TALLAHASSEE — Legislative leaders on Tuesday showed support for limits on lawsuits stemming from the COVID-19 pandemic, but they could have a difference of opinion about whether to move ahead with changes to the workers’ compensation insurance system.
In separate news conferences, Senate President Wilton Simpson, R-Trilby, and House Speaker Chris Sprowls, R-Palm Harbor, indicated support for legislation that would protect businesses from lawsuits related to COVID-19.
“I think we all agree it’s a problem that we need to figure out the best way to solve. Making sure that people who were going about it kind of the right way — trying to do the right thing for their customers and employees — don’t get blindsided by a frivolous lawsuit, while making sure that if somebody is doing the wrong thing, that they’re still held accountable,” Sprowls, an attorney, said.
Meanwhile, Simpson predicted the Legislature could quickly address a COVID-19 lawsuit limitation proposal when it meets during the 2021 legislative session, which starts in March.
“That is certainly a viable option, and it would happen pretty early in the session, I would guess,” Simpson said when asked about lawsuit limitations.
But Simpson said he wouldn’t support legislation that would prevent people from filing lawsuits against so-called “essential” businesses, an idea advocated by a group calling itself the RESET Taskforce, which is comprised of about 40 lobbyists and association representatives.
The task force recommended that any business that was identified as “essential” in executive orders issued by Gov. Ron DeSantis be given immunity from lawsuits related to COVID-19.
“Any legislation we would pass, I cannot imagine that we are going to let people off the hook for negligence,” Simpson said, adding, “I don’t think you ever in any condition put a blanket statement that no one would have any liability associated with COVID. But I think if you’ve made the right attempt to follow the CDC (federal Centers for Disease Control and Prevention) guidelines, then that’s something we should take a look at.”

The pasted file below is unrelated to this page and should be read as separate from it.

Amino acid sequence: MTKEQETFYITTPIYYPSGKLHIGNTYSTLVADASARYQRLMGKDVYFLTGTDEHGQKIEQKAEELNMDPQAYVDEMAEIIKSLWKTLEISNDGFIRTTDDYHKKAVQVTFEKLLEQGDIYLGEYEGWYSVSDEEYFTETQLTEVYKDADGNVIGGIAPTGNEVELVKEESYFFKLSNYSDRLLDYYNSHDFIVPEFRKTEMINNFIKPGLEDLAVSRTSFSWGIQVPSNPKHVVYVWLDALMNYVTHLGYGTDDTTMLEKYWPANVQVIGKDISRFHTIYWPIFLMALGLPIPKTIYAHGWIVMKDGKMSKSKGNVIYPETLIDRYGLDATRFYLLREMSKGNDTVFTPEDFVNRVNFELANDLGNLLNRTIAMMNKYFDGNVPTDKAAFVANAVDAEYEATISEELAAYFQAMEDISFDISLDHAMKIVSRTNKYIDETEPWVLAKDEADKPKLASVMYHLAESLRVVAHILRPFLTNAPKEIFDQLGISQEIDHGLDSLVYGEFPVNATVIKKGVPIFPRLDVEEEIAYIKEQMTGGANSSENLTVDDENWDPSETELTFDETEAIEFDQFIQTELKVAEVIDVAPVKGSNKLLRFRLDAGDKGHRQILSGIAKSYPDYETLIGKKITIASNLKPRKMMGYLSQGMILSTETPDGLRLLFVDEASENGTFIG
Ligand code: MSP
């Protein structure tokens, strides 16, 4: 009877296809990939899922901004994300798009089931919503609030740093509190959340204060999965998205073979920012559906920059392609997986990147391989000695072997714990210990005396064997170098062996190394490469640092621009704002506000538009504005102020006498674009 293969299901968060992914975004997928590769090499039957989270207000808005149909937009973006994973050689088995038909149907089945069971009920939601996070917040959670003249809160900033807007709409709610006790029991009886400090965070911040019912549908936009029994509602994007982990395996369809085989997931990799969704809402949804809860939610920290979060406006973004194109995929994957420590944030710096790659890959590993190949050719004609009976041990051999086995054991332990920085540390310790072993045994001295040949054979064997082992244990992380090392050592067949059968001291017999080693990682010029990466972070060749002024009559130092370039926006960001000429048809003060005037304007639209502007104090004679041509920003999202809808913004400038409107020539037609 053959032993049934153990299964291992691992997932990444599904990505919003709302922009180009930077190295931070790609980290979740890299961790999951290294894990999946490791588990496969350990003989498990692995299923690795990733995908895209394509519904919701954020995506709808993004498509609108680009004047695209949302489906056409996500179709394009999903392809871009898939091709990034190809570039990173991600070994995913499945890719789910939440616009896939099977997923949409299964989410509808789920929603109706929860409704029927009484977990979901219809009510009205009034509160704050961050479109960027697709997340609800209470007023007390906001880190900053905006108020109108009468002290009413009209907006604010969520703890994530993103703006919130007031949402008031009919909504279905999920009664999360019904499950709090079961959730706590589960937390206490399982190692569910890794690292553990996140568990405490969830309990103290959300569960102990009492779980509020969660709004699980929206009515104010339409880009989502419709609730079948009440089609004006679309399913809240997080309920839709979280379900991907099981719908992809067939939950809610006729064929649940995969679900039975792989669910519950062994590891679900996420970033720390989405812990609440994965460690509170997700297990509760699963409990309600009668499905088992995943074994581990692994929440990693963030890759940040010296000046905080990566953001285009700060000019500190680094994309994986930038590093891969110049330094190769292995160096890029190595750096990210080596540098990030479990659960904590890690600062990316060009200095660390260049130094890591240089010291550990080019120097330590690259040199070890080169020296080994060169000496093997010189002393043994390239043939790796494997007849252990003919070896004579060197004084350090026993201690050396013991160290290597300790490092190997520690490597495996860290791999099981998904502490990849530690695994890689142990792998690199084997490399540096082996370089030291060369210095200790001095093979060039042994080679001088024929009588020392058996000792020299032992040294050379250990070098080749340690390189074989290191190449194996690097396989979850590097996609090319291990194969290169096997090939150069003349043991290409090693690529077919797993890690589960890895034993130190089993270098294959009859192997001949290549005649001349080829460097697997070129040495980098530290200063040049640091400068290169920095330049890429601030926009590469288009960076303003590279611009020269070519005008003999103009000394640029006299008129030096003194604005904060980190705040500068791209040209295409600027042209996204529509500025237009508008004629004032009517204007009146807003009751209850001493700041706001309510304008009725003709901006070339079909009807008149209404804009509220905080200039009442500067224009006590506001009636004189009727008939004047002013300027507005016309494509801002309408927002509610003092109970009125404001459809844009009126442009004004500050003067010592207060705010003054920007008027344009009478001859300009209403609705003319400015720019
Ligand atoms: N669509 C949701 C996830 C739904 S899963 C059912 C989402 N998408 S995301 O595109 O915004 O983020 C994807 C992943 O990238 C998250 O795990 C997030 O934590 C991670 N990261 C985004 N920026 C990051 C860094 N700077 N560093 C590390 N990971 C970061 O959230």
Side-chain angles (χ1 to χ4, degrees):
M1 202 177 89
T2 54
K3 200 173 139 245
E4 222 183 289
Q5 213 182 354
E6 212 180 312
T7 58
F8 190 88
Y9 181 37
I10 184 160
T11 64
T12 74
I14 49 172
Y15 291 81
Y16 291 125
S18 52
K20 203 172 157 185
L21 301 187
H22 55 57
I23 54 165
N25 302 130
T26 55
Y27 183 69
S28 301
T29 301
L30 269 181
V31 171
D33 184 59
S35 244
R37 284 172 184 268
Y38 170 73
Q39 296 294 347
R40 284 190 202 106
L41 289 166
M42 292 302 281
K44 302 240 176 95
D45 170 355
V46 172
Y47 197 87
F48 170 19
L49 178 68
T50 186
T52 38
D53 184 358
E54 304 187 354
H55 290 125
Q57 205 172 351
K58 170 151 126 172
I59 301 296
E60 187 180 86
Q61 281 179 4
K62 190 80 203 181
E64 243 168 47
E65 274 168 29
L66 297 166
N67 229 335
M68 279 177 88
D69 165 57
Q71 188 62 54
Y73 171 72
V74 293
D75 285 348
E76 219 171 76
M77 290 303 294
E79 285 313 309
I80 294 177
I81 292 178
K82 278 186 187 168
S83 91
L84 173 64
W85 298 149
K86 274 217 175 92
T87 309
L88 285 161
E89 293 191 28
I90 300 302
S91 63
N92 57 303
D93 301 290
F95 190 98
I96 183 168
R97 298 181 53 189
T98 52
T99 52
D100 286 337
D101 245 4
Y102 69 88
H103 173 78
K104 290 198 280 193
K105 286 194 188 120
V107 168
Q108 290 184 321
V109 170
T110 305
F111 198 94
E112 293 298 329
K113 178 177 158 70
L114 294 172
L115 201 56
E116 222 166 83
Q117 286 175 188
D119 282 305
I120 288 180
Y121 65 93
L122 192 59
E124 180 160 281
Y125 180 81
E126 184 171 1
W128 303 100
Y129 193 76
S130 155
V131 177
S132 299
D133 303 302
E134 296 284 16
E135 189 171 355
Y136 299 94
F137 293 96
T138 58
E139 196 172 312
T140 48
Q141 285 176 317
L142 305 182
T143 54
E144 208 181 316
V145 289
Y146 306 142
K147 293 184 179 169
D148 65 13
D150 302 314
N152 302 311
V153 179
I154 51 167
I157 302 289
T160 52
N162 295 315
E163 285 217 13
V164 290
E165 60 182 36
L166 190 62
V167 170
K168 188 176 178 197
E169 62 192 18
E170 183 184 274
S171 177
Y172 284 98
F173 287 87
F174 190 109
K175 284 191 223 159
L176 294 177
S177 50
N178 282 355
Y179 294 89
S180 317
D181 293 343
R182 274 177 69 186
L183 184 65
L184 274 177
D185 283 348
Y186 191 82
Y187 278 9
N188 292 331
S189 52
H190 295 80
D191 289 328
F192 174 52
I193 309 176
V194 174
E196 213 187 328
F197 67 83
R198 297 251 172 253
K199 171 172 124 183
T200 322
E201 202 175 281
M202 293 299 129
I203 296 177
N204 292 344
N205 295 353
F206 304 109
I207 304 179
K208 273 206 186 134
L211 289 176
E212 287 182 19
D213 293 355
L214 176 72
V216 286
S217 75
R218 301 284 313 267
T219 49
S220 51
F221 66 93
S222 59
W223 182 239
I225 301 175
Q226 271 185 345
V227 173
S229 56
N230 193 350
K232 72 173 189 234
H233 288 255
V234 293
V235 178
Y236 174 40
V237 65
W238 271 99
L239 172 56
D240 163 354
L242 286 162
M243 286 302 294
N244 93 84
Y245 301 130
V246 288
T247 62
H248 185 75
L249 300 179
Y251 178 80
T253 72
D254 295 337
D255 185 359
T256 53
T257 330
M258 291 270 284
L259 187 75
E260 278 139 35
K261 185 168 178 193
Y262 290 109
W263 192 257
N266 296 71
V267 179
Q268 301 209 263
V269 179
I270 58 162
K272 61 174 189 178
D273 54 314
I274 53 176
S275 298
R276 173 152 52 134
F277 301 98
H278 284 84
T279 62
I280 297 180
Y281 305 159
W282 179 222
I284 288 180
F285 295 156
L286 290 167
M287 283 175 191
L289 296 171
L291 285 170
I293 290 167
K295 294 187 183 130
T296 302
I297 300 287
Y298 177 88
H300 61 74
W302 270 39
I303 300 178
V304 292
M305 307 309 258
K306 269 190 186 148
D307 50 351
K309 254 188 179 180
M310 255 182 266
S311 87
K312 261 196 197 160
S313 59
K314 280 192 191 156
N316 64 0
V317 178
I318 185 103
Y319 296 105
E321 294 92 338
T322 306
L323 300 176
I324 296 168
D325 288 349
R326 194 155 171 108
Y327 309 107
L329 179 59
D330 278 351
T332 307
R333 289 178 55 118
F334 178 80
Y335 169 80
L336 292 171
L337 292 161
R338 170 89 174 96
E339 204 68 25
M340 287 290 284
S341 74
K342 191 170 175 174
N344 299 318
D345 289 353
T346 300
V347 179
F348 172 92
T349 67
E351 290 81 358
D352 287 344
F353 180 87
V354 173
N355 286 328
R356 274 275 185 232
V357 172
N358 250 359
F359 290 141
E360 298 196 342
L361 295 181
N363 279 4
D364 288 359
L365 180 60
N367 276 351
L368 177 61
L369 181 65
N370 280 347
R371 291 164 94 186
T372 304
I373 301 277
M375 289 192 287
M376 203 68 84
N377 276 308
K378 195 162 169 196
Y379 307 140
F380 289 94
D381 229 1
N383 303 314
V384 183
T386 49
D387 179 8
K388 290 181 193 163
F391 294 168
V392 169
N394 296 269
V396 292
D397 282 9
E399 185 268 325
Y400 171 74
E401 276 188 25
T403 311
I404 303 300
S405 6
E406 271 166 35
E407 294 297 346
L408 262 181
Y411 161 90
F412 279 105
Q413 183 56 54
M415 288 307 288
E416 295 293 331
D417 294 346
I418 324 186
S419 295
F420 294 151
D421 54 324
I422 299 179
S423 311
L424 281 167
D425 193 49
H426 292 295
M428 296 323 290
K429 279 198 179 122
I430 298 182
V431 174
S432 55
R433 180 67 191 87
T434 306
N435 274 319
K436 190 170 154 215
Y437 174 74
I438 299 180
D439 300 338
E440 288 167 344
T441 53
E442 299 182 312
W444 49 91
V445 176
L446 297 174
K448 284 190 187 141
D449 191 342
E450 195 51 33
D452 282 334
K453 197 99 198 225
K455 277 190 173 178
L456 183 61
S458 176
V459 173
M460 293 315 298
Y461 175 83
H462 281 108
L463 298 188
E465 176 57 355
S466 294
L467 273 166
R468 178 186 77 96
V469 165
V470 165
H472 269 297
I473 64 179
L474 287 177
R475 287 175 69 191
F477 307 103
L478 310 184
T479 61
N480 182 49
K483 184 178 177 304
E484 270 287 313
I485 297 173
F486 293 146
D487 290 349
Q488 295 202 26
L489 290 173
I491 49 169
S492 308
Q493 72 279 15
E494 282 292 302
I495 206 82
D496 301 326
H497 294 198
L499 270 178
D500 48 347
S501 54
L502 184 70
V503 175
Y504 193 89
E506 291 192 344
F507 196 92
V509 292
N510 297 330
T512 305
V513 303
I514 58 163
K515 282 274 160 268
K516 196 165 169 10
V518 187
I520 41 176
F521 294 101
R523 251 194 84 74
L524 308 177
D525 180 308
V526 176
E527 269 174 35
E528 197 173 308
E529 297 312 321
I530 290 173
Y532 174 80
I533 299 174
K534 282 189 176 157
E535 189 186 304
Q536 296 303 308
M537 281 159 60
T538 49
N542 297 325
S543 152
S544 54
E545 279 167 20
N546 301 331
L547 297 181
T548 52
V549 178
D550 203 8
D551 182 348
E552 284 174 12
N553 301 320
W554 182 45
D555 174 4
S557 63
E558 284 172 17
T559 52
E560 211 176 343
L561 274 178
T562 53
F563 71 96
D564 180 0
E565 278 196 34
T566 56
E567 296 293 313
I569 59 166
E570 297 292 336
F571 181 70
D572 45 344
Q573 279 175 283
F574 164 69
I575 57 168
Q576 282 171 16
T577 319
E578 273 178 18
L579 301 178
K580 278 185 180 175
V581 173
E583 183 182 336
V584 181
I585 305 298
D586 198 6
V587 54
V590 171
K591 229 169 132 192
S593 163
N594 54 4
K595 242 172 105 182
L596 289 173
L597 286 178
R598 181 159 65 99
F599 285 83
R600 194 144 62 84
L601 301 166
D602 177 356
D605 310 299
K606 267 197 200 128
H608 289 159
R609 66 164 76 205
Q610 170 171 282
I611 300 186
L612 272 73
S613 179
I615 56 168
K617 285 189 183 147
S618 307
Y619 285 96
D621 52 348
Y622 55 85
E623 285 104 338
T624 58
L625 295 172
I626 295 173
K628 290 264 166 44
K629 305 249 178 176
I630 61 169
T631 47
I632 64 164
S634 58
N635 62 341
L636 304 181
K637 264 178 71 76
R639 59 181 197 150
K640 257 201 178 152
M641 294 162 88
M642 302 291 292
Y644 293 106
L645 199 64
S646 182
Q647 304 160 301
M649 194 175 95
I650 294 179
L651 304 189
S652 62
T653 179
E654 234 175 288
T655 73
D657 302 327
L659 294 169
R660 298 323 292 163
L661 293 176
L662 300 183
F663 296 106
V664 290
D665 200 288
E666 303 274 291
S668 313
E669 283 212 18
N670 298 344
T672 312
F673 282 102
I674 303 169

Proposals to limit lawsuits — an issue commonly known as tort reform — traditionally have touched off major lobbying battles in the Legislature. Sprowls and Simpson discussed the issues shortly after being sworn into their leadership positions during a one-day organization session Tuesday.
Meanwhile, Sprowls and Simpson may see things differently when it comes to workers’ compensation insurance.
Business groups have pushed the Legislature to address the system since a 2016 Florida Supreme Court ruling that found strict caps on plaintiffs’ attorney fees in workers’ compensation cases were unconstitutional.
After the ruling, businesses warned that the elimination of the caps on attorney fees would cause workers’ compensation rates to increase and pushed lawmakers to reinstate them. The House responded in 2017 and 2018, but such legislation has not received support in the Senate.
Now, though, the opposite may be true.
Simpson, a businessman who is involved in farming, contracting and asbestos removal, said the Senate could revisit the proposals the House passed in 2017 and 2018. When asked whether that meant reinstating fee caps for plaintiffs’ attorneys, Simpson said “potentially.”
Meanwhile, Sprowls acknowledged that he supported the House bills in 2017 and 2018. Despite the business groups’ arguments, workers’ compensation rates have decreased in 2018, 2019 and 2020 and are expected to decrease again in 2021.
“Now, kind of the prevailing wisdom is maybe don’t fix something that is not broken at the moment when it comes to workers’ comp and to the rates,” Sprowls said. “Certainly, I’m willing to look at it, but I think certainly the rate trends are a good indicator.”